• Give the induction agent, usually propofol, (others include ketamine, thiopental sodium, and etomidate), a lipid soluble drug that swiftly affects the brain, but causes cardiovascular and respiratory depression. Induction agents have a short half life, which is why the maintenance gases are required. The patient has achieved “surgical anaesthesia” when their muscle tone is reduced, activity of the intercostal muscles is reduced and their pupils dilate.
      • If patient is a child or severely needle phobic, give a gas induction e.g sevoflurane in oxygen, then obtain IV access once anaesthetised.
      • Manage the airway initially by performing a head-tilt chin lift and jaw thrust, then by intubating the patient by opening the mouth and oropharynx with a laryngoscope and passing in an endotracheal tube and inflating the cuff, or by placing an LMA over the larynx and inflating the cuff. If intubated, watch the chest and auscultate the lungs to ensure the tube is in the trachea, not the oesophagus or a bronchus. In an emergency, put pressure over the cricoid before attempting intubation to prevent aspiration (rapid sequence induction).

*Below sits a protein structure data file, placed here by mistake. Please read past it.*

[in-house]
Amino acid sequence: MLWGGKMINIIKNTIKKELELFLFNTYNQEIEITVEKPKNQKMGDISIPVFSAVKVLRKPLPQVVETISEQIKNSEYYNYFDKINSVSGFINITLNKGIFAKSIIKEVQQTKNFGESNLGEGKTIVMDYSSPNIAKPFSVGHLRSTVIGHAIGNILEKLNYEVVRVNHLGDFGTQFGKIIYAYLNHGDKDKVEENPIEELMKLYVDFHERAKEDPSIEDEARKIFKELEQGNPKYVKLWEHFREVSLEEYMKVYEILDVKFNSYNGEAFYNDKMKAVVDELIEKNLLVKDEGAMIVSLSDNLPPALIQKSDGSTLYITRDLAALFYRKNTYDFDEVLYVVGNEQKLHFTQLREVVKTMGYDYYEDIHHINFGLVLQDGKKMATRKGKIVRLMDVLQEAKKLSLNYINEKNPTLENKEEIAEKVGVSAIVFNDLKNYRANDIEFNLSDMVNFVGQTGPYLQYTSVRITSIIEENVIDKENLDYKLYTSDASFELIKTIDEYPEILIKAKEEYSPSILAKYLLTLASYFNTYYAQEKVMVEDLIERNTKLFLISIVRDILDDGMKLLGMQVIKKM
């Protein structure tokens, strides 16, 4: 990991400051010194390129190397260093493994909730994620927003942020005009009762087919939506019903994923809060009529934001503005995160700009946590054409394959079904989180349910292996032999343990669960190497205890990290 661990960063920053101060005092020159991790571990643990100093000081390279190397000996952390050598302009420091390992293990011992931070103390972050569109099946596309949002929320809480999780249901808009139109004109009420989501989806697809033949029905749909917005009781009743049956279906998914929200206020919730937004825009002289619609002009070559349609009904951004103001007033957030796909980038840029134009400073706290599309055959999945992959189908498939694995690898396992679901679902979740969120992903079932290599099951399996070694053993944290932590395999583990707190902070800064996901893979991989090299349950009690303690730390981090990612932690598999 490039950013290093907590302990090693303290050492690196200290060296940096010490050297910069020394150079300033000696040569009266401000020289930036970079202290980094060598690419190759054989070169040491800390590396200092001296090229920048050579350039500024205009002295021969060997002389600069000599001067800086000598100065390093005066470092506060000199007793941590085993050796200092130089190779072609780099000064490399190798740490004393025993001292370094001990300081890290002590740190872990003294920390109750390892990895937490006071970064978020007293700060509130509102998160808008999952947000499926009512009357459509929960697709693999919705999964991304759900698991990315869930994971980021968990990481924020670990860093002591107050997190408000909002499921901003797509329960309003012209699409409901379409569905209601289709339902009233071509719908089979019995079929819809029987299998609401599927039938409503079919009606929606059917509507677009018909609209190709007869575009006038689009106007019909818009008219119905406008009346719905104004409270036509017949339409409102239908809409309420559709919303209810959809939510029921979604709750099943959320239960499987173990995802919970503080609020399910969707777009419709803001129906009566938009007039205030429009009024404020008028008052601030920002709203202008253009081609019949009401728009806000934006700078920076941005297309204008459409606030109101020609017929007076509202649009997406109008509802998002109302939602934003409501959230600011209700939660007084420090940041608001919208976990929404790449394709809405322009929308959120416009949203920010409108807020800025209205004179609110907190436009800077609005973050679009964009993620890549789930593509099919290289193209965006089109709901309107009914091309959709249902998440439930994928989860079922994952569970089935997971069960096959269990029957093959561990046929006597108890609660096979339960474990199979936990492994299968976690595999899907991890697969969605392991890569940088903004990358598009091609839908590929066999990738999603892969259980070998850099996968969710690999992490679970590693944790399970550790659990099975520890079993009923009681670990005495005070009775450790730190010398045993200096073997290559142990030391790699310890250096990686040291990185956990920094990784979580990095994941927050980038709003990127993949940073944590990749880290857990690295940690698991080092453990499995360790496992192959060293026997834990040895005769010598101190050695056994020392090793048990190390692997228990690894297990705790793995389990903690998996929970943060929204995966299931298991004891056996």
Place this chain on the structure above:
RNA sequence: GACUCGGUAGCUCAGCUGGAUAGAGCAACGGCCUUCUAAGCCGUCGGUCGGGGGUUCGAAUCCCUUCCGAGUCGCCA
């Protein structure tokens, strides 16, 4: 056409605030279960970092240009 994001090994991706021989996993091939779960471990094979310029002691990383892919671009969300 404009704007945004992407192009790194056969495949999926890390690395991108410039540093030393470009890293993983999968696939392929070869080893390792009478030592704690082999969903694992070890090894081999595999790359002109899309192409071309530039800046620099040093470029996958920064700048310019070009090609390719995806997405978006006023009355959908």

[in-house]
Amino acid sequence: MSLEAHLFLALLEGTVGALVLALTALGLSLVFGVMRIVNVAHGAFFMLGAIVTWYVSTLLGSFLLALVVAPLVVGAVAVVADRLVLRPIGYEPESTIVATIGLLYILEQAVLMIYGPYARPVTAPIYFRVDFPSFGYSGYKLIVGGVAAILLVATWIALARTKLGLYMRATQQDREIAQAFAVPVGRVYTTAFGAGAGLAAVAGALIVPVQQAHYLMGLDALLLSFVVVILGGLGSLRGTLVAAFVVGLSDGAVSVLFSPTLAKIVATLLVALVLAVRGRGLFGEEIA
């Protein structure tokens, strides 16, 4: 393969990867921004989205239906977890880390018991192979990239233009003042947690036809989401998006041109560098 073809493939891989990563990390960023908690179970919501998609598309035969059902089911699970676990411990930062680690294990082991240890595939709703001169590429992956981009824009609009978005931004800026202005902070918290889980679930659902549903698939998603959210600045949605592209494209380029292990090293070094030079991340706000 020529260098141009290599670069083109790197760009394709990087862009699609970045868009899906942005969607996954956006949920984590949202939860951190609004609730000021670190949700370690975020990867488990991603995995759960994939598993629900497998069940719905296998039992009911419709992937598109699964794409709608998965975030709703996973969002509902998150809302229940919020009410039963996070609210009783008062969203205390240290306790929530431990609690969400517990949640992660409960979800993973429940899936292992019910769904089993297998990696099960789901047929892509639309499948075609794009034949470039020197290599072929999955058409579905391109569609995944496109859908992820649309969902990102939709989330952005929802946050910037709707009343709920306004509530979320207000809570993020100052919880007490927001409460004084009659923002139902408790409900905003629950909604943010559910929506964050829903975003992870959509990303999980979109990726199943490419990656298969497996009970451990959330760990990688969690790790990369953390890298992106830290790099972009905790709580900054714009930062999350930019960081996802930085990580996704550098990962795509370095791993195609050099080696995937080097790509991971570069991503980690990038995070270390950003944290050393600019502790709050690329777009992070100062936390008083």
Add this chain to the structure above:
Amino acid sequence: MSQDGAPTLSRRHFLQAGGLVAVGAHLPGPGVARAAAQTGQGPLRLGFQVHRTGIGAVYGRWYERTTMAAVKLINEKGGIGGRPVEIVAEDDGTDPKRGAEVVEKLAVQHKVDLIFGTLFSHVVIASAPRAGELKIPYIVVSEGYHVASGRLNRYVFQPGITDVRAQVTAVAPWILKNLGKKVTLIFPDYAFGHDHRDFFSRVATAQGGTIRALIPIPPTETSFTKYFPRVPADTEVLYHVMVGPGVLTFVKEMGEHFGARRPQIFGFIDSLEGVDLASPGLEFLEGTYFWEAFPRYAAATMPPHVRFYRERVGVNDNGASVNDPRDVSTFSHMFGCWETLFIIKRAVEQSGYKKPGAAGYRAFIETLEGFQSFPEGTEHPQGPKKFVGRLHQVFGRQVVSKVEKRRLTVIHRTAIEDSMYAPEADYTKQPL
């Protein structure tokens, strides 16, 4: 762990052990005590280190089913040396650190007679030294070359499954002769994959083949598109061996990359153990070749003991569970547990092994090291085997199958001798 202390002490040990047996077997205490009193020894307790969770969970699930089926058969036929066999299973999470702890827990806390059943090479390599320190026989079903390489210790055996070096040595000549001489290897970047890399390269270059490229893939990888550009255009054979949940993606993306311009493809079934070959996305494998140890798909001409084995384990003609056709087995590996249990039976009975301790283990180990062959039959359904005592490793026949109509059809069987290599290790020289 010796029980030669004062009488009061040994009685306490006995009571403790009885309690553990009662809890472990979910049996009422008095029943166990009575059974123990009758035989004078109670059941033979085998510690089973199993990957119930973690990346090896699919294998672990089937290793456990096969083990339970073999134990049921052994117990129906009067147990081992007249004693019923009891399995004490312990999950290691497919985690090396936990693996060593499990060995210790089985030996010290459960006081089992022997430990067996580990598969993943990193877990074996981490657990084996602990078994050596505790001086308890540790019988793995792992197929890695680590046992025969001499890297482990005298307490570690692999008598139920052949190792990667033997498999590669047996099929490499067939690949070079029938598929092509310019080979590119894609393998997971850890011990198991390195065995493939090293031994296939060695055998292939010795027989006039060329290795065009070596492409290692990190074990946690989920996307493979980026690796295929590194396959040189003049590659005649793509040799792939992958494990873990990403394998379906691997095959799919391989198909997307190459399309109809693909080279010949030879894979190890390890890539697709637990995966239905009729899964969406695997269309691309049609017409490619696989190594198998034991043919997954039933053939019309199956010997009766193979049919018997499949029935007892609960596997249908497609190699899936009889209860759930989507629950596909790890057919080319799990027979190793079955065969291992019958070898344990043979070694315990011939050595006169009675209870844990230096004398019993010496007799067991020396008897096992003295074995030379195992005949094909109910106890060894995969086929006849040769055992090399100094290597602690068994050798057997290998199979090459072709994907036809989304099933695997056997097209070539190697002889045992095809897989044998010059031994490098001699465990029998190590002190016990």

• The patient should now be inhaling oxygen and the maintenance anaesthetic gas, usually a flurane e.g isoflurane, desflurane, sevoflurane, and nitrous oxide may be used as a carrier gas. The amount required of these medications is dependant on their Minimum Alveolar Concentration (MAC), which is the concentration required to prevent movement in 50% of patients when a scalpel is used on them, and is lower in the elderly, opioid use and hypotension.
      • Positive pressure ventilation is used to force air into the lungs.
      • Administer a muscle relaxant only if the patient has an endotracheal tube and a secured airway. The choice is between a depolarizing agent e.g. suxamethonium, which depolarizes the post-synaptic membrane, or a non-depolarizing agent such as atracurium, which competes with acetylcholine at the neuromuscular junction.
      • Transport the patient through to theatre with the assistance of the ODP's and scrub nurses.